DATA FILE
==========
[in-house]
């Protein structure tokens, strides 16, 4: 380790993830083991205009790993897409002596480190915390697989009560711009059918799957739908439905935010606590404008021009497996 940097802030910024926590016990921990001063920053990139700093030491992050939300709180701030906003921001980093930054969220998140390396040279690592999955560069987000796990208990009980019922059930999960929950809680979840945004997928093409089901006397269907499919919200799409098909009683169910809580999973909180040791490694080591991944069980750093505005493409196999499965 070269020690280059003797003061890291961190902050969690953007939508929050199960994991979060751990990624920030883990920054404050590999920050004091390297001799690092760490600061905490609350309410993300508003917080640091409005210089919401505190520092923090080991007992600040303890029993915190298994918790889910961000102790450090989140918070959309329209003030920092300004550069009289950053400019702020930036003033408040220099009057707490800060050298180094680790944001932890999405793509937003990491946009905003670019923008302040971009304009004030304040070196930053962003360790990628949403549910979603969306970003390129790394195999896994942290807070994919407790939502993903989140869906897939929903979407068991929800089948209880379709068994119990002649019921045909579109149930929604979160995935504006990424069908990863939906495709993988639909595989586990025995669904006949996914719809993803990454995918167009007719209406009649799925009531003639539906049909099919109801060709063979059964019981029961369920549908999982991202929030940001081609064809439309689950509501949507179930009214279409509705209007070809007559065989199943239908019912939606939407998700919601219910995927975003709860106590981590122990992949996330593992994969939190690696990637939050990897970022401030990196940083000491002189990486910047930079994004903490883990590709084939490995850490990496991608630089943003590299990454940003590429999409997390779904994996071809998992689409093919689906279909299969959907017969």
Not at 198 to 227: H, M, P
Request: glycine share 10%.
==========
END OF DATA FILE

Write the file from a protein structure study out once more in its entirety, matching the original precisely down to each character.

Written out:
[in-house]
């Protein structure tokens, strides 16, 4: 380790993830083991205009790993897409002596480190915390697989009560711009059918799957739908439905935010606590404008021009497996 940097802030910024926590016990921990001063920053990139700093030491992050939300709180701030906003921001980093930054969220998140390396040279690592999955560069987000796990208990009980019922059930999960929950809680979840945004997928093409089901006397269907499919919200799409098909009683169910809580999973909180040791490694080591991944069980750093505005493409196999499965 070269020690280059003797003061890291961190902050969690953007939508929050199960994991979060751990990624920030883990920054404050590999920050004091390297001799690092760490600061905490609350309410993300508003917080640091409005210089919401505190520092923090080991007992600040303890029993915190298994918790889910961000102790450090989140918070959309329209003030920092300004550069009289950053400019702020930036003033408040220099009057707490800060050298180094680790944001932890999405793509937003990491946009905003670019923008302040971009304009004030304040070196930053962003360790990628949403549910979603969306970003390129790394195999896994942290807070994919407790939502993903989140869906897939929903979407068991929800089948209880379709068994119990002649019921045909579109149930929604979160995935504006990424069908990863939906495709993988639909595989586990025995669904006949996914719809993803990454995918167009007719209406009649799925009531003639539906049909099919109801060709063979059964019981029961369920549908999982991202929030940001081609064809439309689950509501949507179930009214279409509705209007070809007559065989199943239908019912939606939407998700919601219910995927975003709860106590981590122990992949996330593992994969939190690696990637939050990897970022401030990196940083000491002189990486910047930079994004903490883990590709084939490995850490990496991608630089943003590299990454940003590429999409997390779904994996071809998992689409093919689906279909299969959907017969």
Not at 198 to 227: H, M, P
Request: glycine share 10%.